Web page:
How to Dye Easter Eggs Naturally With What's Already In Your Kitchen
Dyeing easter eggs is a fantastic way to share your creativity and celebrate spring. For many families, it’s an annual tradition because it’s something people of all ages can enjoy.
We’ve all used those store-bought kits with an assortment of synthetic dye colors. You know the ones: they come with those awkward metal egg holders (which never seem to help much!) and maybe a few stickers or other supplies.
While those kits can be fun, you can also make your own dyes at home using all natural ingredients. In fact, you may already have most of the supplies you need in your kitchen already. So depending on how you plan your egg dyeing project, it might only cost you pennies!
Below are some suggestions of what you can use to dye your eggs and the colors you can create. The more material you use, the more vibrant your colors will be. The choice is totally up to you!
Beets will give your eggs beautiful pinks and reds. But be careful when handling them with your kiddos since they are notorious for making stains! And, after using beetroots you can still eat the greens!
Blueberries can provide lovely blues and grays. If you have some blueberries that are just past their prime, this may be the perfect solution to use them up.
Spinach will make your eggs turn a beautiful, earthy greenish brown. And once you let your kids play with their food dyeing eggs, you may even be able to get them to enjoy eating spinach, too!
Purple cabbage is one of the most beautiful and affordable ways to dye your Easter eggs. Using only about a quarter of a cabbage can yield some wonderful results and give you highly saturated purples.
Turmeric can create vibrant yellows and golds. You can use fresh turmeric, but you’ll need a lot of it to create rich colors. So feel free to raid your spice cabinet and use dried, powdered turmeric.
Onion peels are surprisingly full of pigment, and a great way to use non-edible parts of vegetables almost everyone has in their pantry already. Use onion peels to dye your eggs hues of deep orange. Boil whatever you decide to use in water for at least 30 minutes or until you achieve the desired colors. Then just strain solid materials, and reserve the liquid to dye.
For every quart of dye, you’ll also want to add 1 tablespoon of salt and 1 tablespoon of vinegar before adding your eggs to help the dyes set.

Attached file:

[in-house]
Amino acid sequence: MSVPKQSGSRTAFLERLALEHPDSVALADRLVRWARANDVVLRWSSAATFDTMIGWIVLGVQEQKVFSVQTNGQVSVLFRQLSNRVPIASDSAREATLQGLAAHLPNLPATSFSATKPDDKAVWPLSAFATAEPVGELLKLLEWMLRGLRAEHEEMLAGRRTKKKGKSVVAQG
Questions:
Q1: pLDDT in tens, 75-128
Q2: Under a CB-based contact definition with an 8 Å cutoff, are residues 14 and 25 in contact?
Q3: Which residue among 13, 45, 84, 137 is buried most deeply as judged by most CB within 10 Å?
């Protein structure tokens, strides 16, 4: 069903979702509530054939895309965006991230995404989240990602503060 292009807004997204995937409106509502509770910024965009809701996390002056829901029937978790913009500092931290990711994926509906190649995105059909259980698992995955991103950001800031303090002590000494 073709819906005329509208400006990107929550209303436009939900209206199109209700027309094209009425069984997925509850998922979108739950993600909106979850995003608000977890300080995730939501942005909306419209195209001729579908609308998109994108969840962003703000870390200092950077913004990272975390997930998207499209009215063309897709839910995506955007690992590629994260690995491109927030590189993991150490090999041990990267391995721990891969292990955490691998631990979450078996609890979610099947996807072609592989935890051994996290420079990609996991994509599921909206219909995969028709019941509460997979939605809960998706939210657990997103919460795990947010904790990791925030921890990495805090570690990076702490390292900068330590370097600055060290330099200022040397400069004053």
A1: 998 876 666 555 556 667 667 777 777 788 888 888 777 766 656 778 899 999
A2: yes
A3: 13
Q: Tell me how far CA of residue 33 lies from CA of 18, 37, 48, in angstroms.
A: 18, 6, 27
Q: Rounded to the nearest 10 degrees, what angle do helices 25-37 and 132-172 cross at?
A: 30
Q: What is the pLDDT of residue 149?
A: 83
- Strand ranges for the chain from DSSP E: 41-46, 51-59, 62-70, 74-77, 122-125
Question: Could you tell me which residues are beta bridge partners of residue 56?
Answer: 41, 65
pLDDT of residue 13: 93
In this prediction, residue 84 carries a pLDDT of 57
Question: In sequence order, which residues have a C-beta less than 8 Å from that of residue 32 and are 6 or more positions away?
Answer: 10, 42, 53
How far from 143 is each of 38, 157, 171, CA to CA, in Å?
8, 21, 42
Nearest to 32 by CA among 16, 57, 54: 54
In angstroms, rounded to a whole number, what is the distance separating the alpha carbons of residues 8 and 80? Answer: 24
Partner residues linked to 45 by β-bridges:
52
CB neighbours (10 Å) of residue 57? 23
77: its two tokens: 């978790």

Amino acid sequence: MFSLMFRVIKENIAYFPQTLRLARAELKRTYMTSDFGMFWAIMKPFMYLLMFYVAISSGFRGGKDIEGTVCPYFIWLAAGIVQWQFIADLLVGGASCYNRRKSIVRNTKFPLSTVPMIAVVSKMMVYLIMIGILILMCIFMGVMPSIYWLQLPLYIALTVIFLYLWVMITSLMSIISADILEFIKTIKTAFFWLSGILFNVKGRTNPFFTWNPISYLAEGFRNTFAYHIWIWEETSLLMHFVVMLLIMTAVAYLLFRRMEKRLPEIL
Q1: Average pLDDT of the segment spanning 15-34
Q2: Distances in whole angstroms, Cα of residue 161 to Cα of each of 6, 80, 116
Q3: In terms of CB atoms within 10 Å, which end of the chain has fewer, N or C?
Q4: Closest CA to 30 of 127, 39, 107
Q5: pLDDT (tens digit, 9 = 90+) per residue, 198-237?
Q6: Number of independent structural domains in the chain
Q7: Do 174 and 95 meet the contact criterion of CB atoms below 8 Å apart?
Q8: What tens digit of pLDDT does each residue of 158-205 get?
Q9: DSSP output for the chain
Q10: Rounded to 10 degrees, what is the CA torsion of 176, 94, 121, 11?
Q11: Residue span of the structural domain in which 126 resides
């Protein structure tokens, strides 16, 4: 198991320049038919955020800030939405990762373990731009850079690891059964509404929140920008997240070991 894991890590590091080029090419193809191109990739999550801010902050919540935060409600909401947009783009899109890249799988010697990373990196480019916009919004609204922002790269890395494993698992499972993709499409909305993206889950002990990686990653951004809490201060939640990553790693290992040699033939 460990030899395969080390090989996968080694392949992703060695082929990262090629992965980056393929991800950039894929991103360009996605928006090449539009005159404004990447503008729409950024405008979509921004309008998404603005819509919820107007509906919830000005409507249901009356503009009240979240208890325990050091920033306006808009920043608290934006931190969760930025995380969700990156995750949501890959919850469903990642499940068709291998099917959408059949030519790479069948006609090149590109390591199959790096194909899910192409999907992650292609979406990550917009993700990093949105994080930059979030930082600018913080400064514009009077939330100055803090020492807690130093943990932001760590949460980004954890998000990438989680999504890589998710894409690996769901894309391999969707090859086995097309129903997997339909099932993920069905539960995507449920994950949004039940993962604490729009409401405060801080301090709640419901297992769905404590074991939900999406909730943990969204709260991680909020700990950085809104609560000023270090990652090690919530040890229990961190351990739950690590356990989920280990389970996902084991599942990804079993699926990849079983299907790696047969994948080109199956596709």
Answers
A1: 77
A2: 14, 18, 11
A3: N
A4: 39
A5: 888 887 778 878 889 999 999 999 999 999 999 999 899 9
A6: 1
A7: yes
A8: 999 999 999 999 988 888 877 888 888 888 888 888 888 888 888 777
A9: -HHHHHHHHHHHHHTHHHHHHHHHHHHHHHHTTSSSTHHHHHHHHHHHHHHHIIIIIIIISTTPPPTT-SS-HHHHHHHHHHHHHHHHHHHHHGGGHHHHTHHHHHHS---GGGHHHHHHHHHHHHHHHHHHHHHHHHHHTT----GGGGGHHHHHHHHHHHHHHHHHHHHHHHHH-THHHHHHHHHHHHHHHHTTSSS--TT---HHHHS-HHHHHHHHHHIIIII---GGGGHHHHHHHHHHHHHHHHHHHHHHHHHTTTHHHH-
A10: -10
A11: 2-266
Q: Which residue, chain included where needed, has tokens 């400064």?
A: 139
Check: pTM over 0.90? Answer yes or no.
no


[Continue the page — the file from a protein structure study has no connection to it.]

Soak hard boiled eggs in your naturally made dyes for a few minutes, or a few hours depending on the effects you’re going for. Then, scoop them out with a spoon (no special tools required) and let them dry on a rack.
Voilà, your eggs are done!
If you want to level up your egg dyeing activity using natural materials, you can add stunning designs using plants. Give wilting flowers from a springtime bouquet a second life as impressions on your eggs, or you can go outside and find materials to use.
But there’s no need to go out and purchase fresh flowers just for this project. Even herbs like dill can make beautiful designs.
Press the flowers and leaves onto you uncooked eggs before you soak them in dye, and then wrap them in strips of cloth. (This is a great way to recycle old clothes or linens destined for the bin, but even old nylon stockings will work.)
Then boil your raw, wrapped eggs in the natural, homemade dyes you made for 8-10 minutes. So that the impressions really pop, take your eggs off the heat of your stove and let them soak for a few hours or even overnight. Then, get ready to be wowed and remove the cloth you’ve wrapped them in.
You can also enjoy a digital craft project with your family using My Photo. Instantly transform your favorite photos on any device by uploading them into My Photo and playing with spring themed backgrounds. Then, share your creations with your family and friends. To try My Photo for free today, click the picture below.
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